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Big Muddy 2003 gallery

Review by Paul Fields (The Blue Jazzman)    photos by STLBlues

The day started out with the skies and prospects for the first day of the festival looking rather dark and me thinking of one of my favorite Robert Cray songs ("The Forecast Calls For Rain"). But, we lucked out. No rain. In fact, by the time the sun was ready to turn in, the weatherman's call of a high of 73°F was way off. The last day of August will definitely be a dog day and our normal Labor Day heat and humidity will be along for the ride. The crowd was decent but tenuous early in the afternoon. But, after it was obvious the bad weather was yesterday's news, the crowds swelled - just in time too (we'll get to that later).
It's always good to see old friends and a blues festival is a great opportunity to visit with out-of-town blues lovers and entertainers. And, the Big Muddy brings them in from far and near - one regular visitor rides his motorcycle in from Tucson, Arizona, annually, just spend three days soaking up St Louis blues and then heads back. Folks, that love for the blues, especially our St Louis blues.

Next week you'll be enjoying the sounds of a number of St Louis (and surrounding area) bands new to the show - I collected a handful of CDs today and there's two more days to go!! A lot of musicians don't even know about internet radio yet - that's even more true for the vast majority of blues fans. "Oh, you mean I can listen to your show while I'm using my computer?" Well, as you might have guessed, that's music to the Blue Jazzman's ears because I can tell them all about the show - after all, they asked, right?
Some groups/artists you hear on the show regularly included Soulard Blues Band, Patti & The Hitmen, Mr. Arthur Williams (my nominee for best entertainer in the Midwest), Oliver Sain & The St Louis R&B All Stars, Brian Curran and Leroy Jodie Pierson. There were a number of groups I've never caught before or just didn't have their music: Big Babe Martin & Chump Change, Alvin Jett & Hired Help, Crying Shame, and a new, as yet, unrecorded group, Workin' Blues, amongst too many others to list. We'll start featuring Chump Change and Hired Help on Wednesday.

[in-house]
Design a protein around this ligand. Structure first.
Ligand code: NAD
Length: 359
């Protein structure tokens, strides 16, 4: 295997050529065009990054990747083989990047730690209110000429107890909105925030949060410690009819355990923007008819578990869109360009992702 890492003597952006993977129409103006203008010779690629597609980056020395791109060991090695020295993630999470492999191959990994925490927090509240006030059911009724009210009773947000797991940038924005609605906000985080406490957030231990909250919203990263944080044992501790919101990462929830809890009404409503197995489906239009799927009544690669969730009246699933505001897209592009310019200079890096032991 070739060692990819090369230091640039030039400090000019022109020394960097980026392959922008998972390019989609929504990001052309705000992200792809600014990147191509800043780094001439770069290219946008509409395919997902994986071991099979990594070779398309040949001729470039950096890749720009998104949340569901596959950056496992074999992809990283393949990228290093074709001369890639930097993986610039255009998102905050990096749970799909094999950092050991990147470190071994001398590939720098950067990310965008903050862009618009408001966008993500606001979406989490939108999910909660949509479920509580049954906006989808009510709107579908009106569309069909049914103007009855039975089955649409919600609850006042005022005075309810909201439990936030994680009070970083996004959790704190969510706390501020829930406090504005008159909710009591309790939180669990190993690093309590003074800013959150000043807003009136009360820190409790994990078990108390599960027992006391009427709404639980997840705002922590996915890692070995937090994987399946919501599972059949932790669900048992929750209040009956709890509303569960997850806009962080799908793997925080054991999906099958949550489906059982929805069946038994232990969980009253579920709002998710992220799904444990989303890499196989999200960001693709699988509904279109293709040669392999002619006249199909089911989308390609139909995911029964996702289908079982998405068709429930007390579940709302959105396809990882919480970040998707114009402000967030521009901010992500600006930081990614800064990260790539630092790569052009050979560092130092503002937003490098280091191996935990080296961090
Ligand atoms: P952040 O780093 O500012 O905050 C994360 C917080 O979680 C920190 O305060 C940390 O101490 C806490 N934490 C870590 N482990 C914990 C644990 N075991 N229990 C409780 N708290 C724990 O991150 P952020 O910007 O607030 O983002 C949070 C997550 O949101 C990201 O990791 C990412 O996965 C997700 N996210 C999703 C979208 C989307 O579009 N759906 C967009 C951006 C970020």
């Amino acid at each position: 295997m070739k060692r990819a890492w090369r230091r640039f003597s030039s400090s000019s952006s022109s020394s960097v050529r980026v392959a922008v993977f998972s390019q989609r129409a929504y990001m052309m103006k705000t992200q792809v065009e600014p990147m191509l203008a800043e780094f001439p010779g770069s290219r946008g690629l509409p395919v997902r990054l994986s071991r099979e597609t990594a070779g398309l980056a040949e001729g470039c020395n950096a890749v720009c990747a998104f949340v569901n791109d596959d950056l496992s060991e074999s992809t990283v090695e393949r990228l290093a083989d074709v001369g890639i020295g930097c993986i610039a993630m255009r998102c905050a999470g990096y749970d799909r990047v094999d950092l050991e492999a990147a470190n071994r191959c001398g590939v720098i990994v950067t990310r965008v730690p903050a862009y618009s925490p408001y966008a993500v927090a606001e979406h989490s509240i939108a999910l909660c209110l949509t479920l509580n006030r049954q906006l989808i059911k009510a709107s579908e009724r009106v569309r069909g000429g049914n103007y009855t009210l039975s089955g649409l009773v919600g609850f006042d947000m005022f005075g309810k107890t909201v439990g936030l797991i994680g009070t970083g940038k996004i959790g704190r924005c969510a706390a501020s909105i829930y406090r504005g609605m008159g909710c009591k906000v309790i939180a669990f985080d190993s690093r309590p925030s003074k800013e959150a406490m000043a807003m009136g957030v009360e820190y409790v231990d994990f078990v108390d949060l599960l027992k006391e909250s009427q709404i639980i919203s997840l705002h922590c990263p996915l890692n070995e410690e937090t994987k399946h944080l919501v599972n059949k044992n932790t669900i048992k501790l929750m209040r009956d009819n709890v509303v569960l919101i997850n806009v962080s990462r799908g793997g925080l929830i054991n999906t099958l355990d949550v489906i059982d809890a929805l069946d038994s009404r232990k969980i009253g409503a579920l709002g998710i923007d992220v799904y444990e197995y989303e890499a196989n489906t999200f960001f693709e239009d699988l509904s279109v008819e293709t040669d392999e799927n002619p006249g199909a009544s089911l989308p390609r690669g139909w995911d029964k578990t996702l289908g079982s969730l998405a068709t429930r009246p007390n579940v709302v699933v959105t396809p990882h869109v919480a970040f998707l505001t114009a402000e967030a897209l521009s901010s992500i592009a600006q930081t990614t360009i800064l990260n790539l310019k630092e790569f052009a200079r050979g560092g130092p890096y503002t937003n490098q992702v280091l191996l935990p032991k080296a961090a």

Workin' Blues, using standard four-piece instrumentation with solid musicianship at all positions, definitely has a bright future as a party band and, very possibly, a solid recording group too, once they work past covers and develop some original material. Their lead singer is also a professional stand-up comedian and the band weaves hilarious, ribald humor into their blues for an excellent show. The addition of some original songs with the classic double-entendre blues lyrics, updated for modern listeners, should guarantee them critical and commercial success. (I caught them at one of the night spots participating as a festival sponsor after the evening's acts.)

The highlight of the day was the twenty, or so, minutes I spent with Robert Jr Lockwood (Robert Johnson's stepson)- with nobody, I mean nobody, interrupting us. But, imagine how many people are constantly asking Mr Lockwood about Robert Johnson. So, I intentionally never brought up Johnson. Instead, we talked about Robert's long journey from Helena, Arkansas, through Memphis, later St Louis and finally to Chicago where he became a blues icon known and revered all over the globe, not just for his ties to Robert Johnson but for his unique mastery of combining the old Delta blues with the Chicago electric blues AND staying relevant after almost 70 years in the blues business.